Masks can help save pets’ lives in Cowichan

Pets in the Cowichan Valley are safer following the donation to area fire departments of more than 30 pet oxygen masks.

Pets in the Cowichan Valley are safer following the donation to area fire departments of more than 30 pet oxygen masks.

Most of the masks come from the Happy Dogs Legacy Campaign, which is purchasing 328 masks for fire halls across the province after a four-month fundraising effort that collected nearly $40,000.

The campaign started in June, inspired after a house fire in Burnaby killed seven dogs and two cats and organizers learned that pet oxygen masks are not mandatory equipment on fire trucks in the province. The Happy Dogs Legacy was established and sought contributions from dog sport clubs, companion animal-focused businesses and individuals across B.C.

“We are immensely grateful to everyone who supported this campaign so we could make this legacy a reality, from the volunteers who tirelessly called halls to get mask numbers, to each and every donor who made a contribution, we could not have done this without you,” Happy Dogs Legacy team member Elisha McCallum said. “Knowing that there will soon be 328 more pet oxygen masks sets in use around the province gives us hope that more companion animals, of all shapes and sizes, will have a fighting chance if exposed to smoke in a fire and that the heartache over the loss of a pet can be prevented.”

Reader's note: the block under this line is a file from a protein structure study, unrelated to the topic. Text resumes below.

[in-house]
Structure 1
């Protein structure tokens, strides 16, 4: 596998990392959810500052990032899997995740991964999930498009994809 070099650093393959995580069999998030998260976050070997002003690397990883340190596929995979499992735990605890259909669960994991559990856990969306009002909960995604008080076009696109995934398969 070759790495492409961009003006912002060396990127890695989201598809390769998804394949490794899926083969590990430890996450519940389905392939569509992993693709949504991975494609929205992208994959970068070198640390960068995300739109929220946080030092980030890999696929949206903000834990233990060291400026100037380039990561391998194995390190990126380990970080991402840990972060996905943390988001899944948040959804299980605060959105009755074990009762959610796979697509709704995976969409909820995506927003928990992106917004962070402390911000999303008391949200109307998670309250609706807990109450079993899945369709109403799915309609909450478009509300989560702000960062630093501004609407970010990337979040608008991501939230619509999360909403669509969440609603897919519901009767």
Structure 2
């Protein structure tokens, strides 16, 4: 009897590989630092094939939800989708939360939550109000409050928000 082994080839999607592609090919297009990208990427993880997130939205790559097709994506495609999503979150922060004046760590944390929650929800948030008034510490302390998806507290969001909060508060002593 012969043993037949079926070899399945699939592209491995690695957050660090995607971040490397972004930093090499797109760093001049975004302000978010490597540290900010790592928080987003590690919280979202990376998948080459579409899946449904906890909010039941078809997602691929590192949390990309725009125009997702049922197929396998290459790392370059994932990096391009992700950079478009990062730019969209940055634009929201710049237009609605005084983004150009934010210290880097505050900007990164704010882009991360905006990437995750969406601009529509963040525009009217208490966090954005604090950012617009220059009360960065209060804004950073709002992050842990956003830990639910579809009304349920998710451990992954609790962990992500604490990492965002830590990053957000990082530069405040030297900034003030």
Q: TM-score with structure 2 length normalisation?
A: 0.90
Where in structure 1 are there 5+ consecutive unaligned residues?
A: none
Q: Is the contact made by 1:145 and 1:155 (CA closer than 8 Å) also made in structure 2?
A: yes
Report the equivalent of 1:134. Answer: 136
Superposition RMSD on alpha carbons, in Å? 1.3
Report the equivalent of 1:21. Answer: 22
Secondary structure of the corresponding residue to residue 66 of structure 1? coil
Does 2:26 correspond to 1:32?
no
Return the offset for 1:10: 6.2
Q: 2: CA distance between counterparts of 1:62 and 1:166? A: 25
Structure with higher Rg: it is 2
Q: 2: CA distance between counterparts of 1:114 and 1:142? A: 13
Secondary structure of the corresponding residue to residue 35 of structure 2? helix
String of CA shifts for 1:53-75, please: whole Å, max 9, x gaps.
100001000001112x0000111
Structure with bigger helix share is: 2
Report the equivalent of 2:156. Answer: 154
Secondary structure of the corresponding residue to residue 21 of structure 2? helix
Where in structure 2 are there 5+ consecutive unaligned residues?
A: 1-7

In the past, firefighters have had to use masks designed for humans to provide oxygen to pets, as Chemainus firefighters did with a pair of cats following a house fire in early 2013.

The Mill Bay Volunteer Fire Department will receive five masks from the Happy Dogs program, while the Maple Bay fire hall will get three, Shawnigan Lake two and Chemainus one. Another 18 are listed as being allocated to the “Cowichan area.”

The Duncan Volunteer Fire Department is getting five new masks as well, but not from the Happy Dogs program. Following the fire in Burnaby, a local resident approached Duncan firefighters about getting masks, and eventually the Prevost Veterinary Clinic ended up donating five masks to the Duncan fire hall. Vets from the clinic will be doing a workshop with Duncan firefighters to educate them on assisting pets.

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